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Orange County Parks Install AcuRite Atlas

Orange County Parks Install AcuRite Atlas
Posted in: Who Uses AcuRite
By Bobby Scruggs - Park Ranger, OC Parks
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Orange County Parks Install AcuRite Atlas

Orange County Parks in Southern California is regionally known as OC Parks and encompasses regional, wilderness and historical facilities, as well as coastal areas. OC Parks award-winning parks and programs are enjoyed by millions of residents and visitors each year, featuring 60,000 acres of parkland, open space and shoreline.

OC Parks’ facilities offer something for just about everyone, whether for recreation, enjoying nature, or learning about the history of Orange County. OC Parks is committed to managing land and facilities in a way that maximizes their enjoyment by the public, while properly maintaining and overseeing them, so they are available for generations to come.

When you think about the weather in Southern California, most would say it’s nothing above 72 degrees and gets maybe a slight breeze in the winter. Consistently sunny and in a climate that is tolerable for all activities with no extremes whatsoever. I am here to tell you that those “California days” are few and far between, and boy would you be surprised how much the weather plays a factor in our day to day operations! I can tell you that we get not only fires, but I have seen frost, floods, extreme temperature fluctuations, and high winds that threaten our delicate parks and ecosystems on an almost weekly basis. Southern California may not have the severe weather you frequently see on “The Weather Channel”; however, it’s enough to make even a short hike through a wilderness park potentially a life or death situation when not prepared.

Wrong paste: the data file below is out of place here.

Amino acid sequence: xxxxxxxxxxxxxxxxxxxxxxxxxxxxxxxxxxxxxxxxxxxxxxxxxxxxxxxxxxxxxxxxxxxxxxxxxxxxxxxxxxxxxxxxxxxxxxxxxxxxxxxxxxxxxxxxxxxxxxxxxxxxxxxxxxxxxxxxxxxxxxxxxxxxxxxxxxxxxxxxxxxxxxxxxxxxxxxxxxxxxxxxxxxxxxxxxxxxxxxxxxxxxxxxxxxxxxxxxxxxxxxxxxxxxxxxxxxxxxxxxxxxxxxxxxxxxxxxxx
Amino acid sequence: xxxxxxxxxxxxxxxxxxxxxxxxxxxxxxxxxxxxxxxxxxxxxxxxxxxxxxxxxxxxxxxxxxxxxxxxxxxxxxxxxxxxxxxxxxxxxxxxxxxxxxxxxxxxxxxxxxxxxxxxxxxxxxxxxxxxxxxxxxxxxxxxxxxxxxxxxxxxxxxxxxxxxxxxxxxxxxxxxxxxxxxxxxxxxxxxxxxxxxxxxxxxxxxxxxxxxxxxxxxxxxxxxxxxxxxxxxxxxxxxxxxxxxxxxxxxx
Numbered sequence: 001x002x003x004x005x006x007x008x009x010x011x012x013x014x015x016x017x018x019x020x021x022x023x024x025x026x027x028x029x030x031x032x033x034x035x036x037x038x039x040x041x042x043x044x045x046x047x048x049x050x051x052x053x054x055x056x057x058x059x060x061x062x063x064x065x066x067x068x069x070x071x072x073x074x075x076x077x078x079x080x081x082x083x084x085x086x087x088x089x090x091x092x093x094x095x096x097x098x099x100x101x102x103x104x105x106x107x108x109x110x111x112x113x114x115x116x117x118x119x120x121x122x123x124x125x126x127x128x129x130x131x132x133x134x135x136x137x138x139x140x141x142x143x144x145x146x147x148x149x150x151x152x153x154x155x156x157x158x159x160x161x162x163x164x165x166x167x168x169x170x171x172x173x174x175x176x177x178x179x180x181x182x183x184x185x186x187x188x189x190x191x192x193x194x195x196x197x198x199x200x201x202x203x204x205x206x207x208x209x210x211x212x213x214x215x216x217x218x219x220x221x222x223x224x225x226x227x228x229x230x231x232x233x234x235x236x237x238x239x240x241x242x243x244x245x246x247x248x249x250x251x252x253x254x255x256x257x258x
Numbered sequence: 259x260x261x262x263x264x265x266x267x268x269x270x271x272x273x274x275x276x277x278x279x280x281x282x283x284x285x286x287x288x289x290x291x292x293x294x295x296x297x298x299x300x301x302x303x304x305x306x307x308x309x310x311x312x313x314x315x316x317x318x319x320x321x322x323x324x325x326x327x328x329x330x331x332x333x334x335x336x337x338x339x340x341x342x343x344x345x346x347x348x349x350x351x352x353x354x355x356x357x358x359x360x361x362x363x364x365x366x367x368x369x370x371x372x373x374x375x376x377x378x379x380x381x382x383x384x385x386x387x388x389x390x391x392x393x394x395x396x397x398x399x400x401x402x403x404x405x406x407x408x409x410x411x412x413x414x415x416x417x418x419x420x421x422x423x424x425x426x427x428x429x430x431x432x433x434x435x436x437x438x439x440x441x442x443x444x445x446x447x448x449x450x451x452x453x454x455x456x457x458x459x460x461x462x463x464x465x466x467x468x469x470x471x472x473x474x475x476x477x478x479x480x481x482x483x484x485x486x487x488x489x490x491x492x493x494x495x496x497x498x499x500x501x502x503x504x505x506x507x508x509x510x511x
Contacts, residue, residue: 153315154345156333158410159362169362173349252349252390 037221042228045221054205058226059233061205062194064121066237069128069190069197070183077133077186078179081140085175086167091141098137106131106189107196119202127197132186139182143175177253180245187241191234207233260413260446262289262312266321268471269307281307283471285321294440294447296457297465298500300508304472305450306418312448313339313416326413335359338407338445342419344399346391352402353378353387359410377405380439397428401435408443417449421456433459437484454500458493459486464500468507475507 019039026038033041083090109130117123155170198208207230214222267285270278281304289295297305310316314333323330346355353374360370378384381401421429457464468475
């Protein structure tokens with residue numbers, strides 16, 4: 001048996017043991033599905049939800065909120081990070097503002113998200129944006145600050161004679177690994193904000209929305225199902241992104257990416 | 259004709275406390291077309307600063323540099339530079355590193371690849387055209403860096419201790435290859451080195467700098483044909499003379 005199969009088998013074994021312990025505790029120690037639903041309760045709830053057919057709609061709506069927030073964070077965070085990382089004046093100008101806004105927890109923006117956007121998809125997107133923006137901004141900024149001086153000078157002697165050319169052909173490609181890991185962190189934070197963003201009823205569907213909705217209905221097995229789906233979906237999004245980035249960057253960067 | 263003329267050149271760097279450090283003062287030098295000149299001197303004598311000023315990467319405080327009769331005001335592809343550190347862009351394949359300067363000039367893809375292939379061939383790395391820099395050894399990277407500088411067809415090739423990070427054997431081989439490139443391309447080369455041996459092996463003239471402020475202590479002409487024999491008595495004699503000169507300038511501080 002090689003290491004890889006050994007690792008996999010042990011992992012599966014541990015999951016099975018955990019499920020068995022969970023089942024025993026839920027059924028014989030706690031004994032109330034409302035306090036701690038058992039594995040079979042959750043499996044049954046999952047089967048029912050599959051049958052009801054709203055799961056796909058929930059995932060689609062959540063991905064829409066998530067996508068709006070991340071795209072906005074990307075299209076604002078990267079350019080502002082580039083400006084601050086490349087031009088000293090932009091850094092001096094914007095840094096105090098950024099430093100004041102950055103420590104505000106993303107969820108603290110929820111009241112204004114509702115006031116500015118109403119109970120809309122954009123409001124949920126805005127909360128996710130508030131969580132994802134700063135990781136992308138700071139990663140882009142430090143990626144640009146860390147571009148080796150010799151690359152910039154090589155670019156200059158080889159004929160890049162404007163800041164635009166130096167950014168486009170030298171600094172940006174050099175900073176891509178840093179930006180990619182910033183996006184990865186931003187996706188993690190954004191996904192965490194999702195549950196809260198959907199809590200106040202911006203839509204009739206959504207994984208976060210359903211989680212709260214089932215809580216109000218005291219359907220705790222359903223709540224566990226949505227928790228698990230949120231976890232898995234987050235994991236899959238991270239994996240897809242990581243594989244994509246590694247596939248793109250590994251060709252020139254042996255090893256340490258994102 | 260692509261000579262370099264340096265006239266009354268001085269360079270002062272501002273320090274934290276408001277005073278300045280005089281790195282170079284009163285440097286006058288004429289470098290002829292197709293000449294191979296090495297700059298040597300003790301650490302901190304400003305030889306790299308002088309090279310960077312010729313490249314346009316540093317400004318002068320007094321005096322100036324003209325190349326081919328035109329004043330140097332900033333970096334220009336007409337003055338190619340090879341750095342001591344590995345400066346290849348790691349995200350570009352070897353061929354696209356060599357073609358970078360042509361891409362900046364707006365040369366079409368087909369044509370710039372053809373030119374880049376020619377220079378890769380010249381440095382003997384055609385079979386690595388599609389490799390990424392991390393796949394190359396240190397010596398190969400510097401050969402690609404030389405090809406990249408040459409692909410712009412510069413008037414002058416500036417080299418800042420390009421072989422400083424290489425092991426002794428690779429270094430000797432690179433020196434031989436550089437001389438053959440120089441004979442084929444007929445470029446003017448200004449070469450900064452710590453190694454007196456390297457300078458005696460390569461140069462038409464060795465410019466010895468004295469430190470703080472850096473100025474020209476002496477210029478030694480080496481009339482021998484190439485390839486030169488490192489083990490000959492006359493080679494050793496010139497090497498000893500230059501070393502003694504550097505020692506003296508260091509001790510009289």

Orange County Parks use AcuRite Atlas


Below are some ways our new AcuRite Atlas™ wireless weather station with lightning detection is helping us with our daily park operations:

  • The most useful feature during our winters is using our Acurite Atlas rain gauge. By tracking rainfall data, we log and store daily, weekly, monthly, and seasonal rainfall data to help us with trail maintenance as well as replanting projects for habitat restoration.
  • With California being forged by fires, the Atlas comes in handy by helping us track and monitor our local fire weather conditions. Watching the wind, humidity, UV index, and temperature all it gives us a rough estimate of current wildfire conditions that could create potential hazards for us. With our fire season quickly approaching, I am excited to see our park weather station is already reporting useful weather data. We work hand-in-hand with our local Fire Departments and communicate daily on our park conditions and our real-time weather environment.
  • Near the coast, the constant sea breeze can cool us down, but also acts as a double-edged sword. Our beautiful locations can quickly rise in temperature, making your outdoor recreations quite dangerous. With the Atlas, it has been very helpful in informing the public of the heat indexes and warnings, preventing possible heat illnesses that frequently happen on the trail. I can share the data, explain to visitors how quickly things can start to heat up, and why it is essential to bring more water on dangerous weather days such as weather conditions high in temperature and low in humidity.
  • The Acurite Atlas has made sharing and experiencing the weather not only affordable, but a must for first responders, outdoor enthusiasts, and park rangers.

I think that if more facilities had access to these AcuRite weather stations, we all would be able to react and respond more quickly to potential danger

Bobby Scruggs
Park Ranger

Orange County Parks use AcuRite Atlas


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June 4, 2020
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